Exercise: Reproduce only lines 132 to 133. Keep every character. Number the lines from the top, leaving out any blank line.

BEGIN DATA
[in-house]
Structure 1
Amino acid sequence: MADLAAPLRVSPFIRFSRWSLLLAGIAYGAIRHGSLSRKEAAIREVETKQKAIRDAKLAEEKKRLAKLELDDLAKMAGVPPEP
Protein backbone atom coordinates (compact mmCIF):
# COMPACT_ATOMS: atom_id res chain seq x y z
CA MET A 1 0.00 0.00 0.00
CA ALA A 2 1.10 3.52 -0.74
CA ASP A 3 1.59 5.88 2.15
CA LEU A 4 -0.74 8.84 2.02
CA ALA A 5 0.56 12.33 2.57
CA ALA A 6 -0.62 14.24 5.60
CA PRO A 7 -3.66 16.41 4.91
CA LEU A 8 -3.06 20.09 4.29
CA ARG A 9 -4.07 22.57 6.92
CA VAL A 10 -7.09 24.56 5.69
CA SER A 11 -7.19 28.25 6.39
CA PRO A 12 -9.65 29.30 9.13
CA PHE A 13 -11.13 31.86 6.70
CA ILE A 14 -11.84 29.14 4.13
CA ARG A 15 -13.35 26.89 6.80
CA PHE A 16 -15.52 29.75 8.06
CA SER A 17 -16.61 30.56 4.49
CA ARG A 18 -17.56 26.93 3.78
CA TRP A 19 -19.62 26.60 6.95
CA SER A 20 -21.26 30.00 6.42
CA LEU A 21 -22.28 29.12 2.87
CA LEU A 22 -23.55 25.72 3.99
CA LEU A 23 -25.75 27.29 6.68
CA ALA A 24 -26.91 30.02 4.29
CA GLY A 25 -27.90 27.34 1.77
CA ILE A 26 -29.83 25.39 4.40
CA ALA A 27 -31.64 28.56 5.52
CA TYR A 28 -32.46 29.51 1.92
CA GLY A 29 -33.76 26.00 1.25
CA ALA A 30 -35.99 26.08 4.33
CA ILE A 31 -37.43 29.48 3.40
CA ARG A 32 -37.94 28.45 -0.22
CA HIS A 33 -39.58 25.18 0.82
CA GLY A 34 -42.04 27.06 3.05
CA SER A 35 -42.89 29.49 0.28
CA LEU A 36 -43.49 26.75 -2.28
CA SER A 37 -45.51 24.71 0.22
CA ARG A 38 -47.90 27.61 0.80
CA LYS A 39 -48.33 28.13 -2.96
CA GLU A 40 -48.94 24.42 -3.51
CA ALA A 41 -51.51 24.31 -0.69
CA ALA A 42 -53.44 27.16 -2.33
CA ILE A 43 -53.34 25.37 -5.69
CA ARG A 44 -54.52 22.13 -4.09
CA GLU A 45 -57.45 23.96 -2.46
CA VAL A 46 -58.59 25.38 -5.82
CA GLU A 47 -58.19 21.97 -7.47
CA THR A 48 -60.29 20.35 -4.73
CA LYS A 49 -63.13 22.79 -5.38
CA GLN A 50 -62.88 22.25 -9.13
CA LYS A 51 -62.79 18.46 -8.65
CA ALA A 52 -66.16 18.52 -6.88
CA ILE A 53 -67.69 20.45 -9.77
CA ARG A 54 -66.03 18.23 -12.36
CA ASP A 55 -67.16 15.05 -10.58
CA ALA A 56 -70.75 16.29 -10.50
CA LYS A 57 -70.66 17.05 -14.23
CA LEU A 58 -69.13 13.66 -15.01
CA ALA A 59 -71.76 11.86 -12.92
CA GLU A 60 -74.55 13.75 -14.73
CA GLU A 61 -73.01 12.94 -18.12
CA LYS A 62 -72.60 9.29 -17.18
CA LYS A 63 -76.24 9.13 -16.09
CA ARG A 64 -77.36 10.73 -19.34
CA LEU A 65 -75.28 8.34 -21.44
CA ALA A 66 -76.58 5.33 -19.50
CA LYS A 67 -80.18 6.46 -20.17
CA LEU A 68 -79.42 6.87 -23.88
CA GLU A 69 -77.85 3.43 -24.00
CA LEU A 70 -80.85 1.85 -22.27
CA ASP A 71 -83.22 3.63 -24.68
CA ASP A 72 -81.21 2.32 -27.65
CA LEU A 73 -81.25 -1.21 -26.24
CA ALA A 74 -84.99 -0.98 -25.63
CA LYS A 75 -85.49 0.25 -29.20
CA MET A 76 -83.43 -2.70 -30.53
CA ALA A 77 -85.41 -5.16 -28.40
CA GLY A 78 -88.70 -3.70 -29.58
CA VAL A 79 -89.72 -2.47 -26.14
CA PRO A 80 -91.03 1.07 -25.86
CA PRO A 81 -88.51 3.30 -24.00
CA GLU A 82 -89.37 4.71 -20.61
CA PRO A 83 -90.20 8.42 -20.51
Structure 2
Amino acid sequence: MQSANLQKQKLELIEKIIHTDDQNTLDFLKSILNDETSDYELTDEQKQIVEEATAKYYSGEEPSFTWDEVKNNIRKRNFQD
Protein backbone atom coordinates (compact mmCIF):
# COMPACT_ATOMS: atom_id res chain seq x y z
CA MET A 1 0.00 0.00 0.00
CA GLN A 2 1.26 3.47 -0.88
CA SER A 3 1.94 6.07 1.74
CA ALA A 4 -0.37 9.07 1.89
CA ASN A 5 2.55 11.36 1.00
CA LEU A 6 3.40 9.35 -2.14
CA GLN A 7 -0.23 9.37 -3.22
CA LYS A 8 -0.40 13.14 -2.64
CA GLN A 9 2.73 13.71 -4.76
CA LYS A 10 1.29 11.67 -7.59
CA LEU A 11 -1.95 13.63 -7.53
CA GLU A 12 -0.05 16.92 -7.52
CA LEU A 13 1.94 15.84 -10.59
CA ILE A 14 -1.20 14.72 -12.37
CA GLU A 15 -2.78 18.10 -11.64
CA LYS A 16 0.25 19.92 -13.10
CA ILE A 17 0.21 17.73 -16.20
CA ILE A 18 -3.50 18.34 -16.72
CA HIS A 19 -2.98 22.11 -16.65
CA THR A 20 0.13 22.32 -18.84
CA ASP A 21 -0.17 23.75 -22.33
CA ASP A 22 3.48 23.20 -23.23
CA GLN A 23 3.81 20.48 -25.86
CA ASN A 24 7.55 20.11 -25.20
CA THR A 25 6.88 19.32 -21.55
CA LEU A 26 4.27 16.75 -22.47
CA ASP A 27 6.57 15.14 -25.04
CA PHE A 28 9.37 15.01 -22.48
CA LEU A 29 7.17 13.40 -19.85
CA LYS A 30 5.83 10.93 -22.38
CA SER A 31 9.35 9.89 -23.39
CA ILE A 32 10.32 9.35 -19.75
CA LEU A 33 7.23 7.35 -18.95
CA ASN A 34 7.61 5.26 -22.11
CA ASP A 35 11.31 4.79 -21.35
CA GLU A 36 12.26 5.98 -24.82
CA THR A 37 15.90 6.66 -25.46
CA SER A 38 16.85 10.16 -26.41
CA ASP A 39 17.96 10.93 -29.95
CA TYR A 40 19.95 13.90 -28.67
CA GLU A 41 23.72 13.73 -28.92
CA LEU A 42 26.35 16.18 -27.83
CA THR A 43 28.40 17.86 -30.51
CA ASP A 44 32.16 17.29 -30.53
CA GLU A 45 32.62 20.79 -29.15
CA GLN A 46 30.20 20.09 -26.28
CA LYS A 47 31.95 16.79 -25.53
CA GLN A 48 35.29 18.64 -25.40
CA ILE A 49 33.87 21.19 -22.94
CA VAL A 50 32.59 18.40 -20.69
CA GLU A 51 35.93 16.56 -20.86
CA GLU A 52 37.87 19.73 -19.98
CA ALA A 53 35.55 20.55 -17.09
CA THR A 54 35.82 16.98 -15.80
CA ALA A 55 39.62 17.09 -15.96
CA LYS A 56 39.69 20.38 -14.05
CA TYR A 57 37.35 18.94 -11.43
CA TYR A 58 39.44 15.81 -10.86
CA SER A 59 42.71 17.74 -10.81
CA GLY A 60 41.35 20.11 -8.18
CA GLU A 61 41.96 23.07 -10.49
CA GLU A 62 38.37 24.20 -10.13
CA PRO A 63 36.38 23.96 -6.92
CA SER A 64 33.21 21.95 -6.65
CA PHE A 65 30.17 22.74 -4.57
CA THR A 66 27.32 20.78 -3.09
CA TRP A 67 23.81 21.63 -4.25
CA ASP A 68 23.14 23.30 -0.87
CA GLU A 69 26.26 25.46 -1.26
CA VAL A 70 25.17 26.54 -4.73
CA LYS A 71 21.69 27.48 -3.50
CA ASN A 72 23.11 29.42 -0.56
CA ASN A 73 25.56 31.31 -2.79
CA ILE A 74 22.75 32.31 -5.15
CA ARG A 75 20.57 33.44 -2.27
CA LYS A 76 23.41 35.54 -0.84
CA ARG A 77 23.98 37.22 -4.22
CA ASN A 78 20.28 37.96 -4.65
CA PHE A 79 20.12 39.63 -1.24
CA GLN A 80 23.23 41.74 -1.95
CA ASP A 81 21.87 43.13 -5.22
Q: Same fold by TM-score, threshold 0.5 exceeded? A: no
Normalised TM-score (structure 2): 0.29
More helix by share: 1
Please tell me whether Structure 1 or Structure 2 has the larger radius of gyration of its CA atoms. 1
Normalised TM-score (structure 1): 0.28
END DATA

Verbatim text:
CA TYR A 40 19.95 13.90 -28.67
CA GLU A 41 23.72 13.73 -28.92